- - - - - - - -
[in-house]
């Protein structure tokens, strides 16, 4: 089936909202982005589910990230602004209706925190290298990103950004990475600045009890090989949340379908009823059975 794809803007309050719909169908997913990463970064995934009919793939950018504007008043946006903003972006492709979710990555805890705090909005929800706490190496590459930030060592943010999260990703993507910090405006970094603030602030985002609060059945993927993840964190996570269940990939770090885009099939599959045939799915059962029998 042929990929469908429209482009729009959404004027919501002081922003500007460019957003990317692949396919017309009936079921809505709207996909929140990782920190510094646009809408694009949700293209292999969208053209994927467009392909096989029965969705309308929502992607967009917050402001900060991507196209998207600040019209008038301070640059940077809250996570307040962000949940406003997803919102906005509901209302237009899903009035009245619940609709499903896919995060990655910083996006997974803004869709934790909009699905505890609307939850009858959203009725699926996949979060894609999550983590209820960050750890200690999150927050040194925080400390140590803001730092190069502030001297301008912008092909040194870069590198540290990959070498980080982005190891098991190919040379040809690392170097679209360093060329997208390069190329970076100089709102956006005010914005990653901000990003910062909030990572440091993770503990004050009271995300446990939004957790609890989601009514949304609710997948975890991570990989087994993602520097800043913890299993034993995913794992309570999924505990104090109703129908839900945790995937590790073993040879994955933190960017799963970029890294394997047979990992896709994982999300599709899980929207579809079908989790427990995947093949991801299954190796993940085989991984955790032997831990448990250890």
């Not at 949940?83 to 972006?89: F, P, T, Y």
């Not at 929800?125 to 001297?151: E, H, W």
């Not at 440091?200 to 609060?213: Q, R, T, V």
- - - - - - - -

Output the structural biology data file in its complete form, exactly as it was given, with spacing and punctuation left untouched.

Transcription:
[in-house]
């Protein structure tokens, strides 16, 4: 089936909202982005589910990230602004209706925190290298990103950004990475600045009890090989949340379908009823059975 794809803007309050719909169908997913990463970064995934009919793939950018504007008043946006903003972006492709979710990555805890705090909005929800706490190496590459930030060592943010999260990703993507910090405006970094603030602030985002609060059945993927993840964190996570269940990939770090885009099939599959045939799915059962029998 042929990929469908429209482009729009959404004027919501002081922003500007460019957003990317692949396919017309009936079921809505709207996909929140990782920190510094646009809408694009949700293209292999969208053209994927467009392909096989029965969705309308929502992607967009917050402001900060991507196209998207600040019209008038301070640059940077809250996570307040962000949940406003997803919102906005509901209302237009899903009035009245619940609709499903896919995060990655910083996006997974803004869709934790909009699905505890609307939850009858959203009725699926996949979060894609999550983590209820960050750890200690999150927050040194925080400390140590803001730092190069502030001297301008912008092909040194870069590198540290990959070498980080982005190891098991190919040379040809690392170097679209360093060329997208390069190329970076100089709102956006005010914005990653901000990003910062909030990572440091993770503990004050009271995300446990939004957790609890989601009514949304609710997948975890991570990989087994993602520097800043913890299993034993995913794992309570999924505990104090109703129908839900945790995937590790073993040879994955933190960017799963970029890294394997047979990992896709994982999300599709899980929207579809079908989790427990995947093949991801299954190796993940085989991984955790032997831990448990250890």
């Not at 949940?83 to 972006?89: F, P, T, Y």
């Not at 929800?125 to 001297?151: E, H, W």
């Not at 440091?200 to 609060?213: Q, R, T, V």